Tric’s search for nagas takes him farther downstream, and he dodges a few clumps of slung mud along the way himself. Though he does not find any survivors of the fight, his efforts are not in vain. In an area of shallow mud and low reeds, he comes across the naga’s encampment. There are no recent signs of them being here, so Tric figures the nagas are either dead or fled. Flattened patches of plants indicate where they slept. That it was on the ground suggests to Tric that while nagas like this sort of swampy environment, they live above water. They may have snake-like bodies and good swimming skills, but they are not deep-water creatures. Their homes would be in swampland or along the edges of rivers, but not actually submerged.
The campsite has evidence that those who used it really were people. There is a firepit and a few knicknacks. Near a string of somewhat fresh eels, Tric finds a small lockbox of coins. He glances around to make sure there are no South Tower guards in the area and then claims the box. Looks like Alric’s getting paid a bit sooner than we’d thought. Since there are only fifty coins inside, Tric figures this is probably just a down payment for the naga’s services, not the full fee. The retreating ferrier must have held the rest of the money.
Mate lands in a flutter and starts poking around. Tric decides that additional reparations are in order and takes the eels as well. Since the camp is not in a bad spot, he gets a small fire going and spits the long fish to cook up some dinner. Seeing that it is open season on the naga’s food supplies, Mate begins chowing down on a stash of crickets he has found. Before long, Knots sits down on a rock alongside Tric. The swordsman is still a bit scraped up from the fighting but does not seem concerned about it. “Oh, good, you found the campsite,” Tric greets him.
“Smoke’s rising,” Knots observes.
“Good point.” Tric is not concerned about attracting any other attackers though. The naga, if they are still alive, are long gone. Tric samples the first eel. It is not the tastiest fish, but it is food. He passes one to Knots.
“That was some good shooting earlier from the tree line,” Knots compliments him. “You landed hits on them all, from what I heard.”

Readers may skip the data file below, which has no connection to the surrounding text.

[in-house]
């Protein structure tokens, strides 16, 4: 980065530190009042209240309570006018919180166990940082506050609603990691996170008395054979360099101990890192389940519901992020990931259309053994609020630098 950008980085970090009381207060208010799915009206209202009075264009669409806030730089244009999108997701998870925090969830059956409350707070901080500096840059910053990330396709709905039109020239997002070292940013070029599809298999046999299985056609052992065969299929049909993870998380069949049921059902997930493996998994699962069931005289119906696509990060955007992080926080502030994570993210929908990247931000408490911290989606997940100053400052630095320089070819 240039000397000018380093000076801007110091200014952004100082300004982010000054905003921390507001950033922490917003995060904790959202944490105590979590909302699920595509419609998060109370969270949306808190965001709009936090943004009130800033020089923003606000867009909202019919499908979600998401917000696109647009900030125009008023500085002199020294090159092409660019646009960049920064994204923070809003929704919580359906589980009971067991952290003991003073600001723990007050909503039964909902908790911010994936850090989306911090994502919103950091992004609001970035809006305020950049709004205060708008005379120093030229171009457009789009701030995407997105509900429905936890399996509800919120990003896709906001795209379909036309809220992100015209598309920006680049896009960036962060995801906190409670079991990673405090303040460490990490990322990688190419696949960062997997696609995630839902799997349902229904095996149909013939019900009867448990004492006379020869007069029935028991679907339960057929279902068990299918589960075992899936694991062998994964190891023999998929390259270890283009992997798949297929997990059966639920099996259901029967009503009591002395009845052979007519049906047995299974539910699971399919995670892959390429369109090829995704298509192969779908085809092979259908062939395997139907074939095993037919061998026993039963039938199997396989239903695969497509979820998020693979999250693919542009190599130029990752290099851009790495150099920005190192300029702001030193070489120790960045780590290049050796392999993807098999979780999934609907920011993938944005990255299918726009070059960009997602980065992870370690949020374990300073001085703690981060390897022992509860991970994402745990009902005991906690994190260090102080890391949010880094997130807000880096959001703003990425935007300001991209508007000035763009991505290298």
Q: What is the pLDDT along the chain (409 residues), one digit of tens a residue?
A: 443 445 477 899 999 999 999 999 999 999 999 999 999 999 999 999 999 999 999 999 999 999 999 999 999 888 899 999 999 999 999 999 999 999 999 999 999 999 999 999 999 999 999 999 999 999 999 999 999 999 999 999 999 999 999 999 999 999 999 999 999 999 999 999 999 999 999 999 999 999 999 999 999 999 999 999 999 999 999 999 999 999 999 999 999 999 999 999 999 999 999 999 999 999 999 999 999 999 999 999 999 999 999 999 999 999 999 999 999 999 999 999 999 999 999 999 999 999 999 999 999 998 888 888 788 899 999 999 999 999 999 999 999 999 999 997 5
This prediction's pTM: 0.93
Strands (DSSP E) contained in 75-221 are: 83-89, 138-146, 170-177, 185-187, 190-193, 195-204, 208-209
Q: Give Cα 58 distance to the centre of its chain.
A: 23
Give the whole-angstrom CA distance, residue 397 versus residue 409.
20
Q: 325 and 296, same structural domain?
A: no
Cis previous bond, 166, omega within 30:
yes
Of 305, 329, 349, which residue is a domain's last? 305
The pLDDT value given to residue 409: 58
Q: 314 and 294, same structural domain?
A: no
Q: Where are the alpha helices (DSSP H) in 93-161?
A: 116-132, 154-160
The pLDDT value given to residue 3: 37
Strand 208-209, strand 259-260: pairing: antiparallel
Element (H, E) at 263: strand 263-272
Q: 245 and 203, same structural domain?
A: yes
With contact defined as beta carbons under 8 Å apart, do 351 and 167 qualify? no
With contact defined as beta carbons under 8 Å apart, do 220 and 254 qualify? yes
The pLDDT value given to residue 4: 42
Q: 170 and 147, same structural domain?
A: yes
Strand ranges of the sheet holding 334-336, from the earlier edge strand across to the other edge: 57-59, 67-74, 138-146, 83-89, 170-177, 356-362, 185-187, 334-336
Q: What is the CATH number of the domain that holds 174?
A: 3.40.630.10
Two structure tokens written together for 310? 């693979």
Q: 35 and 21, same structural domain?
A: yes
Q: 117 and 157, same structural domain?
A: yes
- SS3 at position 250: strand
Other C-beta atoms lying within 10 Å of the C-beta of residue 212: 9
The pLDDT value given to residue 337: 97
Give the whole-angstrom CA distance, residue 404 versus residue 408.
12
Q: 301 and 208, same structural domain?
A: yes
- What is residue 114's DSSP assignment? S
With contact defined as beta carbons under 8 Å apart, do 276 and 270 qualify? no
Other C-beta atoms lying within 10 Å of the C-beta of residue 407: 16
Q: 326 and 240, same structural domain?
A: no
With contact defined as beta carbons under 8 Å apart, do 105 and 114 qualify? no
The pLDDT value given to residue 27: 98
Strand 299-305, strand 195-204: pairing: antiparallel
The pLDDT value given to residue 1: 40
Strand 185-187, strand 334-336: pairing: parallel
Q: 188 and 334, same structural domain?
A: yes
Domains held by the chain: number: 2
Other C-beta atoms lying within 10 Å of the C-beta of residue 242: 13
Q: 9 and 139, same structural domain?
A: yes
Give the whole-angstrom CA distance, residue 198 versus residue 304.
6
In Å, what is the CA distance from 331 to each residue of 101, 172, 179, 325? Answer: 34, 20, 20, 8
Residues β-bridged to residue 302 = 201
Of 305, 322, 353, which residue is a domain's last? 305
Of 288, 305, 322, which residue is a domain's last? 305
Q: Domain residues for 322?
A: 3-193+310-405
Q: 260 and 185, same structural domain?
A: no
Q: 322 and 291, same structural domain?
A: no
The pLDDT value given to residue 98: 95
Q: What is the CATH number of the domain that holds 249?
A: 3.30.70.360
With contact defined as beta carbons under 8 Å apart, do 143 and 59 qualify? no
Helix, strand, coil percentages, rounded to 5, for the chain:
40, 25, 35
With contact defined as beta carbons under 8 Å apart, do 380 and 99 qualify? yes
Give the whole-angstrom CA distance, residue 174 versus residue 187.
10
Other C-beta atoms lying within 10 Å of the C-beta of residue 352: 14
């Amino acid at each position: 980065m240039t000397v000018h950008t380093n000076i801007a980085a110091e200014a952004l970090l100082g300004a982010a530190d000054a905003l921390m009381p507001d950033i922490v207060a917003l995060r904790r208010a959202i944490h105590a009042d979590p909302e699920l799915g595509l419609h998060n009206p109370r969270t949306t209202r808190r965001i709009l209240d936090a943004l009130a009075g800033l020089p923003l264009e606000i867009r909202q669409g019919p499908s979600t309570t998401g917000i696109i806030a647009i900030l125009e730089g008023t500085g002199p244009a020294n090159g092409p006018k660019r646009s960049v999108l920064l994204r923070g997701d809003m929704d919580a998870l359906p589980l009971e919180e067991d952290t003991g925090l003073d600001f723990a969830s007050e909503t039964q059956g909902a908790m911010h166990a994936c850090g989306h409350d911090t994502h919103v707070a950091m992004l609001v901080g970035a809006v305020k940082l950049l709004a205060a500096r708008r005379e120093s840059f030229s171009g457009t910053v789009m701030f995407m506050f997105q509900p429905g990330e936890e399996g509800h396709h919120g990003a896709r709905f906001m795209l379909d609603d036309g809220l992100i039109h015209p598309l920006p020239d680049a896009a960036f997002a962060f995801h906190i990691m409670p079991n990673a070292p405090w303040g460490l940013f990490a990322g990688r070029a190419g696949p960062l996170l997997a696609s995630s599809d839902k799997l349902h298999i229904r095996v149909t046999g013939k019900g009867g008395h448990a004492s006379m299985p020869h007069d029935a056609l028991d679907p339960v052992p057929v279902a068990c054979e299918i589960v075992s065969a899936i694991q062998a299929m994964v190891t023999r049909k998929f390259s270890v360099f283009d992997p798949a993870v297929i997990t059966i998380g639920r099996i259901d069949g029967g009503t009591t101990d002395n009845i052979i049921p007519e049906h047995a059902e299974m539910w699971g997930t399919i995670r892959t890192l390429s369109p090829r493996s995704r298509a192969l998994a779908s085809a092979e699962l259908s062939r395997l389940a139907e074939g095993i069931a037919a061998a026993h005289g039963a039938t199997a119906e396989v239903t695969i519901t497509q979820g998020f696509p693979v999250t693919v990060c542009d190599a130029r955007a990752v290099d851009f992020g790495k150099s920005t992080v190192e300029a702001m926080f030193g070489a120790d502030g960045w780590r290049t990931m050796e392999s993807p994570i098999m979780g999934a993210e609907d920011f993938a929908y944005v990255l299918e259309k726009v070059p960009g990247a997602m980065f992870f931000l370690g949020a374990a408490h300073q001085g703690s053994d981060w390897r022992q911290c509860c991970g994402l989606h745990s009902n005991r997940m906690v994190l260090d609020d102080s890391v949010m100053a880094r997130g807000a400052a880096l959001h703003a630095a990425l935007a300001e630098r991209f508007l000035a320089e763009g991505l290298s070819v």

“Well, I did what I could,” Tric says with false modesty. “I think Mate accomplished a lot more than I did. I heard he kept your raft from floating away. A little bird told me.”
Knots laughs at that. He samples the eel and says, “It’s a good thing that you’re cooking up a meal because Henrick has ordered an overnight here. Tomos was pretty beat up.”
“Oof, I saw him get hit. Those swords in a naga’s hands will mess you up, apparently,” Tric says.
“Yes, myrmidons are the most skilled of naga fighters,” Knots tells him. “They are far more dangerous because—” Knots chuckles, patting each of his own hilts. “—because they’re trained with two swords, which is more dangerous.”
Tric imagines effective weaponry is an on-going topic of debate between Knots and the Beard. “I own two bows, but I feel it would be gauche to use both of them at once,” he says.
“But I noticed you were shooting gauche,” Knots comments, engaging in some wordplay himself.
“Yes, I learned this style of bow left-handed, and I use the elvish bow right-handed.”
“So what style of bow is this then?” Knots asks, not having seen a composite bow before.
“Uh, this is a… a Manu bow,” Tric tells him, lacking any better way to refer to the weapon his mother and grandmother both learned how to make. Seeing an opportunity in Knots’s lack of recognition, Tric asks, “Have you ever been to the Sandy Wastes?” This is a win-win situation. If Knots has not, Tric can fabricate wild stories. If he has, he may have useful information for Tric. “You may have guessed that I am not all elf.” He leans over the fire, sprinkling some Dunefolk spice blend over the roasting eels.
“I haven’t been in the Sandy Wastes myself, but for a while I was stationed down in Fort Tahn on the other side of the Dulatus Hills. He tips his head in the direction from which the small river alongside them flows. “There are some settlements further east than that which brush up against the Sandy Wastes. I did meet some people from those villages when they brought their goods to the fort. There’s a pretty bitter brew called coffee that they drink down there.”
They chat some more, and from the sound of it, Knots has traveled very widely. Tric asks what battles he has been in. The human seems too young to have been on the field for the war with Mal-Ravanal. “Oh, I’ve been in engagements pretty much all over Wesnoth. That includes some fighting along the edge of the Aethenwood. And out on the Horse Plains. Those guys don’t always like to do their own work themselves.”
“Well, it wouldn’t be honorable in some situations, right?” Tric says.
Knots laughs. “Honorable isn’t why I’m in the business.”
“No, I don’t imagine anyone becomes a mercenary out of honor,” Tric agrees.
“It’s more about coin usually,” Knots adds.
Tric pulls one of his brand new coins out and rolls it over his knuckles, then flicks it up in the air and catches it.